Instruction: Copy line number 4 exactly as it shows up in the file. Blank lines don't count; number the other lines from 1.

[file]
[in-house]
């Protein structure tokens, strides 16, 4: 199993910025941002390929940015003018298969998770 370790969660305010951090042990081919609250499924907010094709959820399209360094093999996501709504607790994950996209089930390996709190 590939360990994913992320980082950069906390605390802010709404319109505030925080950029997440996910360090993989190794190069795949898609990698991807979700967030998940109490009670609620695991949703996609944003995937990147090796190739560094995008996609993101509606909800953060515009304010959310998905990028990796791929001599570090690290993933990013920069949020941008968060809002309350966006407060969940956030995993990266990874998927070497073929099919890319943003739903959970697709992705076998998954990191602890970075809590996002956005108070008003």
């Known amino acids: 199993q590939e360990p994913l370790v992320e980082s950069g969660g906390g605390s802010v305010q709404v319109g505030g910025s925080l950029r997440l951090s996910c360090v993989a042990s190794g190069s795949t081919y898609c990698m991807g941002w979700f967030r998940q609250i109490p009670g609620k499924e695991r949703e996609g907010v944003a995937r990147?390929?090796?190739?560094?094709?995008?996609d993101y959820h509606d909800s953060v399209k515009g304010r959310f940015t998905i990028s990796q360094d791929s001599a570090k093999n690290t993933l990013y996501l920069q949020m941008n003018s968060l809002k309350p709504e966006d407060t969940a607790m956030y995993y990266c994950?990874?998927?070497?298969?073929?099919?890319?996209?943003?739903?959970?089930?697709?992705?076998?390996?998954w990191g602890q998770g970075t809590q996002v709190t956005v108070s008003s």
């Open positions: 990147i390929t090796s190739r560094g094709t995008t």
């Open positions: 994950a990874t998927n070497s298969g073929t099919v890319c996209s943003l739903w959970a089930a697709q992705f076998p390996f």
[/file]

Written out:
């Open positions: 990147i390929t090796s190739r560094g094709t995008t």